A conjunctival and corneal tear is defined as damage or scratch caused on the delicate surface of the conjunctiva (a thin mucous membrane lining the inner surface of the eyelid) and cornea (transparent, protective tissue covering the white part of the eye). Your doctor will consider the best treatment options depending on your condition.
Antibiotics and Analgesics
If you experience any symptoms of conjunctival and corneal tears such as pain and redness in the eye, blurred vision, watery eyes, swelling or a feeling of discomfort and burning, the ophthalmologist may initially prescribe antibiotic ointments and some analgesics for seven days. If a severe corneal infection (keratitis) is present and you experience prolonged complications, then the doctor may recommend surgery as the next treatment option.
Surgery is considered very crucial to prevent further damage to the eye. This procedure involves the removal of any foreign particle from the eye and repair of the cornea. Contact lenses may be fitted for visual rehabilitation after a corneal tear repair. You may be advised to continue the application of topical antibiotics for a few weeks after surgery.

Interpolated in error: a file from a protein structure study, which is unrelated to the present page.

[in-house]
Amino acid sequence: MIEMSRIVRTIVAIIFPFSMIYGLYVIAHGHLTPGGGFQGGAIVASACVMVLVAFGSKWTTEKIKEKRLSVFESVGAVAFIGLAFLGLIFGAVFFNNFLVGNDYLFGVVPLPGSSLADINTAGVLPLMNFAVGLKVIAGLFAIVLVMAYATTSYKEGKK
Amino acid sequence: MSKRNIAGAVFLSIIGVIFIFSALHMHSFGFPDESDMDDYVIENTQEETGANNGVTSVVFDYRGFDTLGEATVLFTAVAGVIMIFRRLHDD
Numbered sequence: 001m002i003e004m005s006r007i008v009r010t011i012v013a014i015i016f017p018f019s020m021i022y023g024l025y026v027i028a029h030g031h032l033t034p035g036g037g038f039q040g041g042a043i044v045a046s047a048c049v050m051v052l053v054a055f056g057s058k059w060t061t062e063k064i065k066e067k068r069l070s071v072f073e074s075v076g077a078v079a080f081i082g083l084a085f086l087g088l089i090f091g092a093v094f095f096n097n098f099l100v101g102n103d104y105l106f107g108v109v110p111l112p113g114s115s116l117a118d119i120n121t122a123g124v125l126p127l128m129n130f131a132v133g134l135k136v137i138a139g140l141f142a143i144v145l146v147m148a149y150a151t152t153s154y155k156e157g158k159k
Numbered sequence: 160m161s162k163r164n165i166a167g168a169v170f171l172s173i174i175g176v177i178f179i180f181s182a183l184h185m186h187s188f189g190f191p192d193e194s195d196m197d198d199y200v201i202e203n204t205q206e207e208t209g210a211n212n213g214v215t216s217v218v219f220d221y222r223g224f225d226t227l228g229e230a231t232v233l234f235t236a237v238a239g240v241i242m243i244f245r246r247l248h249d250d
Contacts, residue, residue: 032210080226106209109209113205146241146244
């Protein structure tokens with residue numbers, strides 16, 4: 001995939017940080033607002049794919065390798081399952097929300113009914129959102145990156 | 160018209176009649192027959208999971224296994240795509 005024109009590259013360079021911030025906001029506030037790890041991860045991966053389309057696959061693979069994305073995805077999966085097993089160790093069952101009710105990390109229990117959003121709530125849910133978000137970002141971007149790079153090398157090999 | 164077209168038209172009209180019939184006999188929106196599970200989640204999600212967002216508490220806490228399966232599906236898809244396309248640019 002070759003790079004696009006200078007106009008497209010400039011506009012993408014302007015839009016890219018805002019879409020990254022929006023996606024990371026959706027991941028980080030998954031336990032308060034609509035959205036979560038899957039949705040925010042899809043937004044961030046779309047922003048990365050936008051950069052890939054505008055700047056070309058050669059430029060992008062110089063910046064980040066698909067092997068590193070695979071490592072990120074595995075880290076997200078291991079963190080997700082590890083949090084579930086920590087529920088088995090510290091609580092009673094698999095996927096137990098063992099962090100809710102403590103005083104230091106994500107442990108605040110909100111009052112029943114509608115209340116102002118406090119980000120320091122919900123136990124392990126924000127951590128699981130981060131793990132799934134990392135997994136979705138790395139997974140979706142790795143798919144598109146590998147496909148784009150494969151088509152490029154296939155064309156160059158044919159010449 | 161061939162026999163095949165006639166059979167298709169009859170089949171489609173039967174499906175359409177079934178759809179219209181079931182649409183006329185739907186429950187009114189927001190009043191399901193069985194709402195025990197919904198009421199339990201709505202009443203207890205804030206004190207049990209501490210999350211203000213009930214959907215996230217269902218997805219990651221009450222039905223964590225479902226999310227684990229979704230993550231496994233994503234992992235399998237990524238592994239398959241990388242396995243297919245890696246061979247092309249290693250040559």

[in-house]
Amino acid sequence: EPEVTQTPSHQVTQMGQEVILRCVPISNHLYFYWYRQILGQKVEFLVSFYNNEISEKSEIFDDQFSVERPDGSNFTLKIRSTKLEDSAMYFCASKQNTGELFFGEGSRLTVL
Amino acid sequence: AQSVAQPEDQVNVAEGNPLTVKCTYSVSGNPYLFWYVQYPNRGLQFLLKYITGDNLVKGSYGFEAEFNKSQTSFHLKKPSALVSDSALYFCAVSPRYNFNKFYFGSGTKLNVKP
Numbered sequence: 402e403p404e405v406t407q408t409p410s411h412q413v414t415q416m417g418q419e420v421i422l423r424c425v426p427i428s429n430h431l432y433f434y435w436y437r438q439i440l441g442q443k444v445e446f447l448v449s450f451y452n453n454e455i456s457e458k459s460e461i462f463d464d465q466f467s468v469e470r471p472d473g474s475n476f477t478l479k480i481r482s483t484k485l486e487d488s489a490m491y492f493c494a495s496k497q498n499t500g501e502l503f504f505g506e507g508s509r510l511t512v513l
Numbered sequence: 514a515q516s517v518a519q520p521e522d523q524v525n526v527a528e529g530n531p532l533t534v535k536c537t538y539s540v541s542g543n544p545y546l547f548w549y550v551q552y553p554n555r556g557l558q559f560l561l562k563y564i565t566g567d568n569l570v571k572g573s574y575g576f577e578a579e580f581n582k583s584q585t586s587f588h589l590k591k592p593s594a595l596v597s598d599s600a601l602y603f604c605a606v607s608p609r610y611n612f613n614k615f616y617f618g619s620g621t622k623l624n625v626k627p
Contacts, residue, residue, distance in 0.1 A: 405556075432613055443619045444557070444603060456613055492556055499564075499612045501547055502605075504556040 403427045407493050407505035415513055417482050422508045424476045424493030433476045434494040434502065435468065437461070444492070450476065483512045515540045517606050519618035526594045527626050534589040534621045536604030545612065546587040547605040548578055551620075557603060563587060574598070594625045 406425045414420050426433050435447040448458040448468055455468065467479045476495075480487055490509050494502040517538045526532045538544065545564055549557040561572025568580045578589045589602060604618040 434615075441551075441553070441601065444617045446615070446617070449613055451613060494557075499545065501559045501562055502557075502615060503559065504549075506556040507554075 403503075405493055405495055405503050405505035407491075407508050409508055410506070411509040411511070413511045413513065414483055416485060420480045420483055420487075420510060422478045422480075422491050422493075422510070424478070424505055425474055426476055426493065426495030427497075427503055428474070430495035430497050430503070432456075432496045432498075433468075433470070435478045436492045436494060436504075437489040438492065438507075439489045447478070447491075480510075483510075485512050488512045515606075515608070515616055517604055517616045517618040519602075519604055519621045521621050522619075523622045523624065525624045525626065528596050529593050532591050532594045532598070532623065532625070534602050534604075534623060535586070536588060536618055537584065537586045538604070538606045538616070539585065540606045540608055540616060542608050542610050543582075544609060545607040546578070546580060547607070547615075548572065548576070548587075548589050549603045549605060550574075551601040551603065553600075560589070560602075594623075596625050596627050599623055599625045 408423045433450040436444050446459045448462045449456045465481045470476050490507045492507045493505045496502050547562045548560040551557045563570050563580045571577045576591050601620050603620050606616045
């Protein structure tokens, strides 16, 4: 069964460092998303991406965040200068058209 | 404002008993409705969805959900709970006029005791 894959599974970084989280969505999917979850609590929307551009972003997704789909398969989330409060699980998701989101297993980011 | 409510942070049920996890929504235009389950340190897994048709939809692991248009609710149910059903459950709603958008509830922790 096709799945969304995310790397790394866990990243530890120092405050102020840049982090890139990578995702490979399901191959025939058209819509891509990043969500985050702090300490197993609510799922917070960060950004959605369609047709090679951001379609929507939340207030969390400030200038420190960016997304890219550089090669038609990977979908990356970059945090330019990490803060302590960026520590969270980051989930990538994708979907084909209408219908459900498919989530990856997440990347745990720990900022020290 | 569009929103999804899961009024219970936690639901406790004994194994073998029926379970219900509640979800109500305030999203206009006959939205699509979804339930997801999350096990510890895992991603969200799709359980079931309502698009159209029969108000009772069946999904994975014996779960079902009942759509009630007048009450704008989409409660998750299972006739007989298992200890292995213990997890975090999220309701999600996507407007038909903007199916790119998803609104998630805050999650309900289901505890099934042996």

If the cornea becomes cloudy and light cannot penetrate to reach the retina, you may experience poor vision or even blindness. At this stage of severity, the doctors may recommend a corneal transplant. A corneal transplant involves replacing a diseased or damaged cornea with a new one. The surgeon removes the cloudy cornea and replaces it with a new one (donated by an eye bank). The new cornea is sutured thoroughly in place and you will be advised to use eye drops (for a few months) until the wound heals completely.
An alternative treatment to transplantation is Photo-therapeutic keratectomy (PTK). This is laser surgery to vaporize the damaged corneal tissue layer and irregularities on the corneal surface, enabling new tissue growth to occur.
- Advanced Treatments & TechnologyExperience High Standards of Care at Orbit Eye Center
- Book An Appointment Now